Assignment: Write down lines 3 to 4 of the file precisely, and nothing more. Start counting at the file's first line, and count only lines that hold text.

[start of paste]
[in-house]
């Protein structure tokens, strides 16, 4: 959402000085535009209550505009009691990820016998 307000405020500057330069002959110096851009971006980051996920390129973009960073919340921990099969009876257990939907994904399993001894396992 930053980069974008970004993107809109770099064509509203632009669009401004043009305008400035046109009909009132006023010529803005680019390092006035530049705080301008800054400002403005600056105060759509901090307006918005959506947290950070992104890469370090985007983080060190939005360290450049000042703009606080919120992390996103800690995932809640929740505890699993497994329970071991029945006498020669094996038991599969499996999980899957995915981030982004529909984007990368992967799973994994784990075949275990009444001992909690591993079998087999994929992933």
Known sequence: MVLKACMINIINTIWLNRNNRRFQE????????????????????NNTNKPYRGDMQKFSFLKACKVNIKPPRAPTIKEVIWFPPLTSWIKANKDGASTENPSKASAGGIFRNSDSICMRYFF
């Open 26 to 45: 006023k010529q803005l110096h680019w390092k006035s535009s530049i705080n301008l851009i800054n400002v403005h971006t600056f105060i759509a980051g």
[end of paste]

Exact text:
Known sequence: MVLKACMINIINTIWLNRNNRRFQE????????????????????NNTNKPYRGDMQKFSFLKACKVNIKPPRAPTIKEVIWFPPLTSWIKANKDGASTENPSKASAGGIFRNSDSICMRYFF
């Open 26 to 45: 006023k010529q803005l110096h680019w390092k006035s535009s530049i705080n301008l851009i800054n400002v403005h971006t600056f105060i759509a980051g």